In the new Apple TV+ animation, luck, an unlucky teenager wreaks havoc in the Land of Luck, a hidden universe where luck and misfortune are produced and distributed around the world, unbeknownst to humans. The concept itself, driven similarly to animations like Inside Out and soul, is filled with creative, well-established rules, norms that Eva, our protagonist, has to deal with. To introduce all this – and help, of course, create chaos as well – our guide to Lucky Land is Bob, a grumpy Scottish cat played by Simon Pegg.
Familiar with the world of animation, having recently spearheaded a spin-off of his character in the Ice Age, The Adventures of Buck WildPegg returns to the animated universe in a cast also made up of names such as Whoppi Goldberg and Jane Fonda, a line-up that even encouraged him to join the project. In an interview with OmeletPegg recalls being on the set of Mission Impossible when he received the script, and accepted the production when he discovered the actresses involved.
“As soon as I heard Jane was involved, and Whoopi was involved, it was an immediate yes”, recalled Pegg. The concept itself – and its character – drew attention for its gracefulness. “It struck me as a very creative and sweet concept, and the idea of playing a Scottish black cat was very appealing to me.”, it says. On the theme of the project, luck, misfortune, and the need for mutual existence between the two concepts, Pegg spoke about the fluidity between these definitions, seeing the theme of the feature in her own life:
“Sitting here, being in a job that I love, traveling the world and making movies like this, every bit of bad luck I’ve had has helped me get to this point, so I can only look back and see it all as luck. It’s a good way to look at bad luck. As an opportunity and not a setback […] In that sense I think luck is something that we control, it’s not something that has control over us”.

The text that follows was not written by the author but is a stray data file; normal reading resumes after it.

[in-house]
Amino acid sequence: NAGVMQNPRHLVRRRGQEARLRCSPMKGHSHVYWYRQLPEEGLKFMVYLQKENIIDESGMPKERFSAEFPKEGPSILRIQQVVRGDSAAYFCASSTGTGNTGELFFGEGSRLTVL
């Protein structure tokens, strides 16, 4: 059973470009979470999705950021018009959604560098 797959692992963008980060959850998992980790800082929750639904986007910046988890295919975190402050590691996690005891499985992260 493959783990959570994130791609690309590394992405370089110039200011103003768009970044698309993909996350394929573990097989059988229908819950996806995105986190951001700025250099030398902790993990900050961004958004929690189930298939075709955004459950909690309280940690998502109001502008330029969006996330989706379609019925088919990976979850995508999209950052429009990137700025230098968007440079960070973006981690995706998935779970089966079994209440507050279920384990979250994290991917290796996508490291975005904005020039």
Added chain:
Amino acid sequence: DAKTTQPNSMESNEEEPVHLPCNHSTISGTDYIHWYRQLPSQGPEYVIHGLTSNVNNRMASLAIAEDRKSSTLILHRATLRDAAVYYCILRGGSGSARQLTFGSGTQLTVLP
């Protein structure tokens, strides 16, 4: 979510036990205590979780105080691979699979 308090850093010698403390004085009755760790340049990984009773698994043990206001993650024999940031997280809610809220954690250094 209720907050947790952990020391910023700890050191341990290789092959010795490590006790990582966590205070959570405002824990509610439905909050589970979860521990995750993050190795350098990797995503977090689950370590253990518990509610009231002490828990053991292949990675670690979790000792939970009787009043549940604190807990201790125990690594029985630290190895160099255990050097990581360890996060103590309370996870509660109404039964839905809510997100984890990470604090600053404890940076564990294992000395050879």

To complete a skeptical speech, Pegg reiterated his lack of belief in luck and misfortune in a speech similar to Bob’s grumpy rant. “Many of the superstitions we have are based on facts. The reason you don’t go under the stairs is not because it will bring you bad luck, but because things can fall on you.”, it says. “I’m 52, I’ve grown up enough to understand this is bullshit”he added.
Bob, Gary King and Simon Pegg
In all this context, however, the surprising part is that Pegg identifies with the character of Bob, and compares the Scottish black cat to one of his most iconic characters, Gary King, in the film. hangover heroes (or World’s Endin its original title much better). “Bob and Gary are two characters who wear a mask and have a lot going on behind them, and they don’t let you see that until a certain pivotal moment in the movie.”, he says. A third comparison also exists between Bob, Gary and Pegg himself, who finds in both characters a vulnerability particular:
“There’s something very sweet about the sense that all your grumpy and unwillingness to relate to other people comes from a place of vulnerability. It’s not because he’s mean or cruel, it’s because he’s protecting himself in reality. And I understand that, I relate to the feeling of preserving oneself to the extreme. But I also know what it means to let go of it, to open up to other people. Loving, helping and how it changes your life for good.”
Directed by Peggy Holmes (Tinker Bell – The Fairy Secret), luck count with Gregory Duvivier in the role of Bob in the dubbed version and is now available on Apple TV+.
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Luck, Unlucky and Simon Pegg in Luck, new Apple TV+ animation
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